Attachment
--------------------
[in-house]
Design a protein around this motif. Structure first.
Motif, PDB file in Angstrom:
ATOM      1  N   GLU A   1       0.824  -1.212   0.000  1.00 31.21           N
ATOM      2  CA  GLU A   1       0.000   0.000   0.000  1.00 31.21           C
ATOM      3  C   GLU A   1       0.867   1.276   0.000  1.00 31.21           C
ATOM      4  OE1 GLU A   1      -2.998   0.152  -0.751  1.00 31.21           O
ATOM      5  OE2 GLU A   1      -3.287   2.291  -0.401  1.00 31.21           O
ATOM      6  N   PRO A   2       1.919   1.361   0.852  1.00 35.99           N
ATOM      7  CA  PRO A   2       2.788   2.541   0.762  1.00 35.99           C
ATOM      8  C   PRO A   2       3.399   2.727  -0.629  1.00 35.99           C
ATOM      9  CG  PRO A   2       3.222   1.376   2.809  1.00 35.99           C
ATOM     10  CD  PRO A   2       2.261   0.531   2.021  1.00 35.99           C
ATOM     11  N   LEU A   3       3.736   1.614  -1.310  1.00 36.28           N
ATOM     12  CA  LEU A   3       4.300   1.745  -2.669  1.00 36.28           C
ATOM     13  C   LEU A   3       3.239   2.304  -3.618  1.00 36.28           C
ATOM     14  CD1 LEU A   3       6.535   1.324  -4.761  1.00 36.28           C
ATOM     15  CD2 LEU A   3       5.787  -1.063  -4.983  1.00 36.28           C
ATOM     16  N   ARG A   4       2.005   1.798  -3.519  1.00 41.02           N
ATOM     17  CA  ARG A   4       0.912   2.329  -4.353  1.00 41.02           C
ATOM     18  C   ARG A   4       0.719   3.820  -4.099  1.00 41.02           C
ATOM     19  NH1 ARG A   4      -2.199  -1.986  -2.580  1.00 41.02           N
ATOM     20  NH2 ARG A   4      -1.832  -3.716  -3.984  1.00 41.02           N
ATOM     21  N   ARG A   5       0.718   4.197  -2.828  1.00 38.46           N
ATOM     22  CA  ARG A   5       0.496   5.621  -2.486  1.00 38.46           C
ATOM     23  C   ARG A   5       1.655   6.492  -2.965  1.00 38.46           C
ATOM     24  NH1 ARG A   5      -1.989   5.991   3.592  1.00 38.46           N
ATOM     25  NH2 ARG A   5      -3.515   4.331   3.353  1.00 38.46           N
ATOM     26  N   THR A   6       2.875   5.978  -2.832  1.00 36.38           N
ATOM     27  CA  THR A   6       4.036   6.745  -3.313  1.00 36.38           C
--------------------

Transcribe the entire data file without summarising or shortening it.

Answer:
[in-house]
Design a protein around this motif. Structure first.
Motif, PDB file in Angstrom:
ATOM      1  N   GLU A   1       0.824  -1.212   0.000  1.00 31.21           N
ATOM      2  CA  GLU A   1       0.000   0.000   0.000  1.00 31.21           C
ATOM      3  C   GLU A   1       0.867   1.276   0.000  1.00 31.21           C
ATOM      4  OE1 GLU A   1      -2.998   0.152  -0.751  1.00 31.21           O
ATOM      5  OE2 GLU A   1      -3.287   2.291  -0.401  1.00 31.21           O
ATOM      6  N   PRO A   2       1.919   1.361   0.852  1.00 35.99           N
ATOM      7  CA  PRO A   2       2.788   2.541   0.762  1.00 35.99           C
ATOM      8  C   PRO A   2       3.399   2.727  -0.629  1.00 35.99           C
ATOM      9  CG  PRO A   2       3.222   1.376   2.809  1.00 35.99           C
ATOM     10  CD  PRO A   2       2.261   0.531   2.021  1.00 35.99           C
ATOM     11  N   LEU A   3       3.736   1.614  -1.310  1.00 36.28           N
ATOM     12  CA  LEU A   3       4.300   1.745  -2.669  1.00 36.28           C
ATOM     13  C   LEU A   3       3.239   2.304  -3.618  1.00 36.28           C
ATOM     14  CD1 LEU A   3       6.535   1.324  -4.761  1.00 36.28           C
ATOM     15  CD2 LEU A   3       5.787  -1.063  -4.983  1.00 36.28           C
ATOM     16  N   ARG A   4       2.005   1.798  -3.519  1.00 41.02           N
ATOM     17  CA  ARG A   4       0.912   2.329  -4.353  1.00 41.02           C
ATOM     18  C   ARG A   4       0.719   3.820  -4.099  1.00 41.02           C
ATOM     19  NH1 ARG A   4      -2.199  -1.986  -2.580  1.00 41.02           N
ATOM     20  NH2 ARG A   4      -1.832  -3.716  -3.984  1.00 41.02           N
ATOM     21  N   ARG A   5       0.718   4.197  -2.828  1.00 38.46           N
ATOM     22  CA  ARG A   5       0.496   5.621  -2.486  1.00 38.46           C
ATOM     23  C   ARG A   5       1.655   6.492  -2.965  1.00 38.46           C
ATOM     24  NH1 ARG A   5      -1.989   5.991   3.592  1.00 38.46           N
ATOM     25  NH2 ARG A   5      -3.515   4.331   3.353  1.00 38.46           N
ATOM     26  N   THR A   6       2.875   5.978  -2.832  1.00 36.38           N
ATOM     27  CA  THR A   6       4.036   6.745  -3.313  1.00 36.38           C